Dr. O’Neill also looks for job candidates who respond positively to his practice’s collaborative patient-safety and risk-reduction strategies. "For example, we always have another pathologist review our slides when there’s a cancer diagnosis," he says. "And if a job candidate responded negatively to those kinds of built-in safety checks or redundancies—for example, if they bristle or say, ’I don’t like other people looking at my slides, or I can diagnose cancer as well as anyone’—that’s definitely a red flag."

Hallmark Pathology’s Dr. Pappas assesses job candidates’ ability and willingness to manage and share workload, which is imperative in his six-pathologist practice. He suggests all recruiters and job applicants address this upfront during the interview. "Candidates should ask how many cases a pathologist is expected to do per day or week and what types of cases—surgical specimens, Pap smears, etc.," he says. Hallmark Pathology, in fact, recently had a job candidate turn down a job offer once he learned the workload requirements. "And if we hadn’t discussed that issue upfront, the person would have come aboard and not been a good fit," Dr. Pappas says.

Pathologists’ first step in securing the job they want is often to send an e-mail or forward a resume. Dr. Bachner has had candidates contact him by e-mail saying they heard a position may be available and attaching a resume. "And that e-mail conveys something about the person’s style and work habits, as does the resume," says Dr. Bachner, who looks to see if both are organized and succinct, with clear syntax and correct spelling. His biggest turnoff: "Broadcast e-mails that don’t even have the recipient’s name on them."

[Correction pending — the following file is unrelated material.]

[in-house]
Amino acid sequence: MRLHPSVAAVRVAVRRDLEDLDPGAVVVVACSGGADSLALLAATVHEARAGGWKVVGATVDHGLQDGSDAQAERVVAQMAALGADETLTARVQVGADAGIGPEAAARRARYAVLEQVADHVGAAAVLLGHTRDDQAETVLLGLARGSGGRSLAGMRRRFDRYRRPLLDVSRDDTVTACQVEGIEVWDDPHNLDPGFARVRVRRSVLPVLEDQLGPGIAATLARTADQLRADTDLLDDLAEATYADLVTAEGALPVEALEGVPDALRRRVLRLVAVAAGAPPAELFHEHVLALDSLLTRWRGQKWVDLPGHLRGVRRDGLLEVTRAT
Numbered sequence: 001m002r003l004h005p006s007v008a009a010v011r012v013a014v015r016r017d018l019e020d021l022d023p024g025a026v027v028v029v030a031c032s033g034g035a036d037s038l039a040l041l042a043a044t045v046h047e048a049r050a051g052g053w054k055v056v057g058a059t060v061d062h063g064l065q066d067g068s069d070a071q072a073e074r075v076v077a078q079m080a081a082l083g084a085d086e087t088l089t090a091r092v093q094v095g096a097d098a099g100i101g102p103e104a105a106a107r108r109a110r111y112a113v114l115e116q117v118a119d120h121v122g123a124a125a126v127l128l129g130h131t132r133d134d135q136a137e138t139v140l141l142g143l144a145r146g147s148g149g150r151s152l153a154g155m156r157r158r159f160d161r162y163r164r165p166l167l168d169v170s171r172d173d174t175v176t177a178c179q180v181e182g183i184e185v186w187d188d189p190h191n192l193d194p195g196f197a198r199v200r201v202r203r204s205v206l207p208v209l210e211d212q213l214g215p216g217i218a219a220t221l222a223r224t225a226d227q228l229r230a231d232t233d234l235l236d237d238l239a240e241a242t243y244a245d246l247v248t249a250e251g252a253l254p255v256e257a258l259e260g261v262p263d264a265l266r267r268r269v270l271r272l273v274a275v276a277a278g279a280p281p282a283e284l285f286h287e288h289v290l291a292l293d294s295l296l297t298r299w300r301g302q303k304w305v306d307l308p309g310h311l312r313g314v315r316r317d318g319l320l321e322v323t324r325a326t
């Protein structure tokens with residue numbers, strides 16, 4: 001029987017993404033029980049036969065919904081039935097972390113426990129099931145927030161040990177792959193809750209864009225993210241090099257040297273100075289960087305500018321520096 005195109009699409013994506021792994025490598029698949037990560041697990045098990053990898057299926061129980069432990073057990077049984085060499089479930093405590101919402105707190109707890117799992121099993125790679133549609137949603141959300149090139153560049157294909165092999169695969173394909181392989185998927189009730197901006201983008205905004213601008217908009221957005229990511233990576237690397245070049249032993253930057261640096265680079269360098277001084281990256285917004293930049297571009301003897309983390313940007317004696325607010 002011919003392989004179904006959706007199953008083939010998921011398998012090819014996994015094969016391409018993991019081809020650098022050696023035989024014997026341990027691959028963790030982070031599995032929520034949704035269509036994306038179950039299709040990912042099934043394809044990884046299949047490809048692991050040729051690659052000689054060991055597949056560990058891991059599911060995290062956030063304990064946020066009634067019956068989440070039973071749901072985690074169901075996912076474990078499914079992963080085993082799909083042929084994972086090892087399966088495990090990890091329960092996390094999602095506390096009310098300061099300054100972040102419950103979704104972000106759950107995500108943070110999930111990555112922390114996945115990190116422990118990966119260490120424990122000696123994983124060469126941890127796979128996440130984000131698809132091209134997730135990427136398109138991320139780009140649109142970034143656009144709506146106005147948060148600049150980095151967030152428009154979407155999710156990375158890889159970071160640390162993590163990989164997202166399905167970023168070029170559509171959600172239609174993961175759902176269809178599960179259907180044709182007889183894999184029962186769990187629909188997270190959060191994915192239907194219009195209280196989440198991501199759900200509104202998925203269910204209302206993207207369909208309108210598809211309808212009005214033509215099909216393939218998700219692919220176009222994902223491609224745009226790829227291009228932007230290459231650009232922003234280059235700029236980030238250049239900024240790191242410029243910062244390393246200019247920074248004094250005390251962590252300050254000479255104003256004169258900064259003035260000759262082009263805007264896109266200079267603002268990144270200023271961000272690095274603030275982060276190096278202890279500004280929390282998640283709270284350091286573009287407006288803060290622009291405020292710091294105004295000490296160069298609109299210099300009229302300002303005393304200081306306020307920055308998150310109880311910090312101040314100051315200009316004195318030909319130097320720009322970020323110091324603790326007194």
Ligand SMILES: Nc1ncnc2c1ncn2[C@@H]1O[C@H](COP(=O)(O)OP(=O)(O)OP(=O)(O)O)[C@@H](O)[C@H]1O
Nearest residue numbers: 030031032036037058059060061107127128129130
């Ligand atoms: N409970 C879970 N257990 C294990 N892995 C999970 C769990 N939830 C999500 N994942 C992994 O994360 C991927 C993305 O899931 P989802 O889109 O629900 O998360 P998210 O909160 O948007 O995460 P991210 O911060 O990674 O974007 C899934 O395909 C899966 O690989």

Many physicians submit curricula vitae rather than resumes, even for nonacademic positions, which can be a mistake, recruiters caution. A CV simply lists the person’s education and training, jobs, and publications in a cut-and-dry fashion. By contrast, a resume tends to describe a person’s unique accomplishments. Says Dr. Fody: "Instead of simply stating ’Resident from 1995 to 2000 at Ivory Tower College of Medicine,’ the resume explains what the person did during that residency, such as chairing committees, performing community service work, participating in research, or helping set up a CE program for cytotechnologists."

Dr. O’Neill favors resumes that offer information about who the person is, including what he or she has written and personal data such as "married with three children" or "single and a cyclist." This gives him a sense of whether the person has a balance of work, outside interests, and family—or whether the person is good at multi tasking. "But I don’t need to know what books the person reads or all their hobbies. Some people load too much into the personal information section of the resume," he says.